Sunday Movie Review – Nomadland

Sunday Movie Review – Nomadland with Frances McDormand.

I often watch movies or series that deal with the human condition. This movie was a perfect study specimen. Frances McDormand plays Fern, a woman whose life has been uprooted after the death of her husband and the loss of her home due to the Great Recession. Strength of character is what captures my attention, and in this movie, McDormand proves she’s worthy of all the accolades this film received.


A somewhat melancholy and disturbing movie, but a good educational watch. Frances McDormand as Fern is just one of the ‘victims’ caught up in the carnage in 2011 after the financial crash when many Americans lost their homes. Fern becomes a van-dwelling woman in her 60s who leaves her town of Empire, Nevada, where her and her husband had lived and worked. He died, and the plant shut down. And with no insurance and not enough income to live on, she was a senior, forced to leave the home she could no longer afford to keep.

Fern ventured out of her company town in rural Nevada in her van to explore a life outside of conventional society – a modern day nomad. As it turned out, many other seniors did the same thing after that crisis. Fern packed all she could into her white van and traveled cross country to various RV parks on her journey across America to discover where she should plant herself and call home. Along the way she does various odd jobs to make a paycheck, quite a few of them as temporary warehouse worker for Amazon, and makes friends like herself along the way. It’s the stories told by some of these people that will take us in.

This movie features real people portraying themselves as some of the nomads in the film. And their real names were listed in the credits. Three people in particular became Fern’s mentors, as they knew the lifestyle well – Linda May, Swankie and Bob Wells were Fern’s mentors and comrades through her exploration driving through the American West. Besides McDormand playing Fern and David Strathairn playing Dave, most of the cast were real RVers.


Quote from Bob: “One of the things I love most about this life is that there’s no final goodbye. You know, I’ve met hundreds of people out here and I don’t ever say a final goodbye. I always just say, I’ll see you down the road. And I do. And whether it’s a month, or a year, or sometimes years, I see them again.”

Linda May, Swankie and Bob Wells were Fern’s mentors (and essentially, Frances McDormand’s) and comrades in her exploration through the vast landscape of the American West.”  The IMDB movie reviewer sight quotes the movie’s description, ” A woman in her sixties, after losing everything in the Great Recession, embarks on a journey through the American West, living as a van-dwelling modern-day nomad.”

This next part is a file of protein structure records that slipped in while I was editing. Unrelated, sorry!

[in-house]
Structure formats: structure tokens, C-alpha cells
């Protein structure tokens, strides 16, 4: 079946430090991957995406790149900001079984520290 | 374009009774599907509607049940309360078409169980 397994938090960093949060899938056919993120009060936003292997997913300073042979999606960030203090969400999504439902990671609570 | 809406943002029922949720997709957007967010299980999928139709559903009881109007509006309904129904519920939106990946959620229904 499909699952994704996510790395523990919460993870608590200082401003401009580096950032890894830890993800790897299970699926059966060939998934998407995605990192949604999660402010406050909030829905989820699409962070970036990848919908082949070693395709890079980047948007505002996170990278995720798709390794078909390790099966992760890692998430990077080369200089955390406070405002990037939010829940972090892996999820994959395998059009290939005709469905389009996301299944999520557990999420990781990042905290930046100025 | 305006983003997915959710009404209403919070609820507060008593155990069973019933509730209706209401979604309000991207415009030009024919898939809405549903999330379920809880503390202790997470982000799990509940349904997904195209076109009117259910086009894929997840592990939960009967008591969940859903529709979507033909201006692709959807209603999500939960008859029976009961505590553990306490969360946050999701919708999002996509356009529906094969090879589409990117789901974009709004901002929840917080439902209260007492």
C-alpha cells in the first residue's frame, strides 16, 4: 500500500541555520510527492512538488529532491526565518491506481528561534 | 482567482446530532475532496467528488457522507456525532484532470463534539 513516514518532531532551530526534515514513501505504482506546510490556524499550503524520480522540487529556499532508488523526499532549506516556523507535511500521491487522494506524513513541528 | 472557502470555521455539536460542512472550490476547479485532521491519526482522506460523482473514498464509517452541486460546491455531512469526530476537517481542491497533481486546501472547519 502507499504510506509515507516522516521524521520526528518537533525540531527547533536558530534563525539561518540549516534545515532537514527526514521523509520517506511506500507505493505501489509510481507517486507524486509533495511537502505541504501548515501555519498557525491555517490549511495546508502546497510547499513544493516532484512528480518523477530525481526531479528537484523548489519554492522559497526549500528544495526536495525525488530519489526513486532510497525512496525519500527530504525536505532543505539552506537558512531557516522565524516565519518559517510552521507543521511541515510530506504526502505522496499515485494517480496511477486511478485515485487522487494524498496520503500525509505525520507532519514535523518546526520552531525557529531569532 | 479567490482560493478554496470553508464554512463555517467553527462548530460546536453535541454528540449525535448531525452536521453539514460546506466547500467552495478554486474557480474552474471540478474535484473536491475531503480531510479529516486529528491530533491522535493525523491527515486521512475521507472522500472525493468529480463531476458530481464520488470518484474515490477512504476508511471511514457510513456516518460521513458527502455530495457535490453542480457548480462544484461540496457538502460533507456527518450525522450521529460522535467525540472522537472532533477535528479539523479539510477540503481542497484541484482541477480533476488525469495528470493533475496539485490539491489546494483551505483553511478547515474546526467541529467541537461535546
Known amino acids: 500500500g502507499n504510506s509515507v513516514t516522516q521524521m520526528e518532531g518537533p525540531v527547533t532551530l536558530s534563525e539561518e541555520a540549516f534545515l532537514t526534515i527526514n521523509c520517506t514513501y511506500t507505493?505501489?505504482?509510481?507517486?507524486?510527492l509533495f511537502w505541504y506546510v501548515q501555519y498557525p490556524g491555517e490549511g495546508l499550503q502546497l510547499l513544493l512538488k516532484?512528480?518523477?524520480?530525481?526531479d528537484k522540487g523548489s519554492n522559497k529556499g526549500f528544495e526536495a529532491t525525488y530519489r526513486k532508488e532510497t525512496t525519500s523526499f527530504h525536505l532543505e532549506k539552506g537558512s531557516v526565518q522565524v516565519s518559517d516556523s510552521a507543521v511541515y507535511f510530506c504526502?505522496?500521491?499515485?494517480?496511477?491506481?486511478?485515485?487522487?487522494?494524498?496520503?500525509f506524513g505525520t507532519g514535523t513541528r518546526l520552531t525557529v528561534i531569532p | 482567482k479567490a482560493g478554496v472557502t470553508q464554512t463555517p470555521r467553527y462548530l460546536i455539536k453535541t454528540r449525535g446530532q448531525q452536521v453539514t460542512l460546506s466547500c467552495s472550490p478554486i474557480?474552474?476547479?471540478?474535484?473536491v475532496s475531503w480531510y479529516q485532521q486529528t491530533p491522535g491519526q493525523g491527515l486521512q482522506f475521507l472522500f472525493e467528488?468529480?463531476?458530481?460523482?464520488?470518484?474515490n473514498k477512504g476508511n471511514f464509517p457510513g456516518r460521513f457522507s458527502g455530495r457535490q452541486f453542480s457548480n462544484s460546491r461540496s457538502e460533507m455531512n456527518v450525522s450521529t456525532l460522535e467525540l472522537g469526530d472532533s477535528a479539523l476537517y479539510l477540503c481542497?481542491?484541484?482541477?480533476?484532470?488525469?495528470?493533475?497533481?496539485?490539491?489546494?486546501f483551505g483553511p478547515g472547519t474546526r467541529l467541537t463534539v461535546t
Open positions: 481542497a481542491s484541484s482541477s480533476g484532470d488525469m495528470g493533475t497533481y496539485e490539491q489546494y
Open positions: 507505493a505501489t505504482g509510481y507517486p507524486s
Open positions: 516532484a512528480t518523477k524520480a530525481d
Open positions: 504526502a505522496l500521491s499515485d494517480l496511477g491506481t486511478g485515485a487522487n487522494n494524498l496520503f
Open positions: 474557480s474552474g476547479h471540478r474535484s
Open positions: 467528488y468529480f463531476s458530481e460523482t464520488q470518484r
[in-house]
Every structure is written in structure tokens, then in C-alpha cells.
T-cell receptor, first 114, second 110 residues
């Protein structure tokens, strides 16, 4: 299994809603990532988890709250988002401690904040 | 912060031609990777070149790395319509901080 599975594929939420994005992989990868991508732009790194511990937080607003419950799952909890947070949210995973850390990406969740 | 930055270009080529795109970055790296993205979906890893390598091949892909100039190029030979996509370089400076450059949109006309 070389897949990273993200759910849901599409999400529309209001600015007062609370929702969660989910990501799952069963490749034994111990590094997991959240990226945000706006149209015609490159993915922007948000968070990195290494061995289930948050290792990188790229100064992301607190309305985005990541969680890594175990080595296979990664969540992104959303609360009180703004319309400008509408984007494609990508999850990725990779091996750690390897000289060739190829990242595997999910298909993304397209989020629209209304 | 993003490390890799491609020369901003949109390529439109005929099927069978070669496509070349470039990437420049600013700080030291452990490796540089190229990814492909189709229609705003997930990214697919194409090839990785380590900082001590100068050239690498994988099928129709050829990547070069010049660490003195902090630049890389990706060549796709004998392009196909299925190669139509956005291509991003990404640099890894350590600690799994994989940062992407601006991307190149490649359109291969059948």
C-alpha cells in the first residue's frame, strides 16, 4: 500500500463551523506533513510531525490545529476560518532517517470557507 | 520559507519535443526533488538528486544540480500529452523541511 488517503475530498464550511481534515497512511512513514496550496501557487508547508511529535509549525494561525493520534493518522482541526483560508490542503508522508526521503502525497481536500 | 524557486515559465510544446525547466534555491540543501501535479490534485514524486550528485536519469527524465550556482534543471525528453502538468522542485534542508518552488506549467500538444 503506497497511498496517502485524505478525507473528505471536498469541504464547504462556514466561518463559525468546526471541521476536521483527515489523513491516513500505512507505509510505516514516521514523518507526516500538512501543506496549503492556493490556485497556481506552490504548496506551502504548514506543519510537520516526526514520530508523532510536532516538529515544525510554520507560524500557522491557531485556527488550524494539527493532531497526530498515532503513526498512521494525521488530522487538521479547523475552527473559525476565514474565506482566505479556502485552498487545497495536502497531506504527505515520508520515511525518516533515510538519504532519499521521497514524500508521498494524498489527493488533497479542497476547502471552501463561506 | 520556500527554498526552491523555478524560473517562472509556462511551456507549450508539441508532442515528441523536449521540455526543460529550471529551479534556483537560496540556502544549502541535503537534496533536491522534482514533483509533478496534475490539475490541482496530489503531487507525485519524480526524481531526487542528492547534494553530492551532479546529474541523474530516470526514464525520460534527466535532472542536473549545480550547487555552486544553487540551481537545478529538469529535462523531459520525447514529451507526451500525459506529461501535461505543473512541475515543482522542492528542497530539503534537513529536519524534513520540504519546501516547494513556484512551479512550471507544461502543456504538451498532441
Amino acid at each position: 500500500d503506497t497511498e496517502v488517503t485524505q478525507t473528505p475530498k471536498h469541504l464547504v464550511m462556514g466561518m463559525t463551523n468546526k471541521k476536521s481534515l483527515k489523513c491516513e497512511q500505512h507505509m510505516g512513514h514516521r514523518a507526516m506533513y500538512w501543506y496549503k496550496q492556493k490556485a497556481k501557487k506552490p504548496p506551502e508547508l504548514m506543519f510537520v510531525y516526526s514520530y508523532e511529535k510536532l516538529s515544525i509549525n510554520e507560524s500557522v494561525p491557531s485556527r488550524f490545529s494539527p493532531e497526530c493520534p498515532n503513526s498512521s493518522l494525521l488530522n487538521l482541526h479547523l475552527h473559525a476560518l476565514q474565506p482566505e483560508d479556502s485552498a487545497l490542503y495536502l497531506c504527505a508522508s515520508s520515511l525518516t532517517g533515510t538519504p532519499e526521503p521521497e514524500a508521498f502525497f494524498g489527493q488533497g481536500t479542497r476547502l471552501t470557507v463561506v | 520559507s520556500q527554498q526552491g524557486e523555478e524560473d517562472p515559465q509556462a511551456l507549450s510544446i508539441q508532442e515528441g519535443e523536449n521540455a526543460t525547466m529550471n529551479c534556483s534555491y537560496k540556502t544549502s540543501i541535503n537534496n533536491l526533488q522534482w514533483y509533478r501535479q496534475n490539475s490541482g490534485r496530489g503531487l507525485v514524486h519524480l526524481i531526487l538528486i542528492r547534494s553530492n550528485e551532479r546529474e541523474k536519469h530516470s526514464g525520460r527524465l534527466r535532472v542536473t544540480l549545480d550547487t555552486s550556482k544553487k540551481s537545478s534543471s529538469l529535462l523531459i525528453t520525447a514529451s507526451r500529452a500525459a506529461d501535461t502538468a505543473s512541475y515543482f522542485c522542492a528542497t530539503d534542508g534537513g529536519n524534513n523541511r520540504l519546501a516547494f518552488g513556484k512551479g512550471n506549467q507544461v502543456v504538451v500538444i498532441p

The inspiration for Chloé Zhao’s celebrated film starring Frances McDormand, winner of the Academy Awards for Best Picture, Best Director, and Best Actress

March and April pick for the PBS Newshour-New York Times “Now Read This” Book Club

New York Times bestseller


“People who thought the 2008 financial collapse was over a long time ago need to meet the people Jessica Bruder got to know in this scorching, beautifully written, vivid, disturbing (and occasionally wryly funny) book.” —Rebecca Solnit


The movie is dubbed as ‘Surviving America in the 21st century’.

After movie credits stated: ‘Dedicated to those who had to depart.’


The movie won a few academy awards, three of which were to McDormand’s credit – Best Actor, Best Producer (McDormand also produced it), and Best Picture.


Other awards the movie took:

American Film Institute Awards February 26, 2021. Won.

American Film Institute Awards February 26, 2021. Won.

The Golden Lion Award at the Venice Film Festival

People’s Choice Award at the Toronto International Film Festival


The original book was written as an investigative look at what happened after the carnage of the 2008 financial crisis, by Jessica Bruder, garnering almost 7000 reviews. It’s now on my reading list:




From the beet fields of North Dakota to the National Forest campgrounds of California to Amazon’s CamperForce program in Texas, employers have discovered a new, low-cost labor pool, made up largely of transient older Americans. Finding that social security comes up short, often underwater on mortgages, these invisible casualties of the Great Recession have taken to the road by the tens of thousands in late-model RVs, travel trailers, and vans, forming a growing community of nomads.


On frequently traveled routes between seasonal jobs, Jessica Bruder meets people from all walks of life: a former professor, a McDonald’s vice president, a minister, a college administrator, and a motorcycle cop, among many others—including her irrepressible protagonist, a onetime cocktail waitress, Home Depot clerk, and general contractor named Linda May.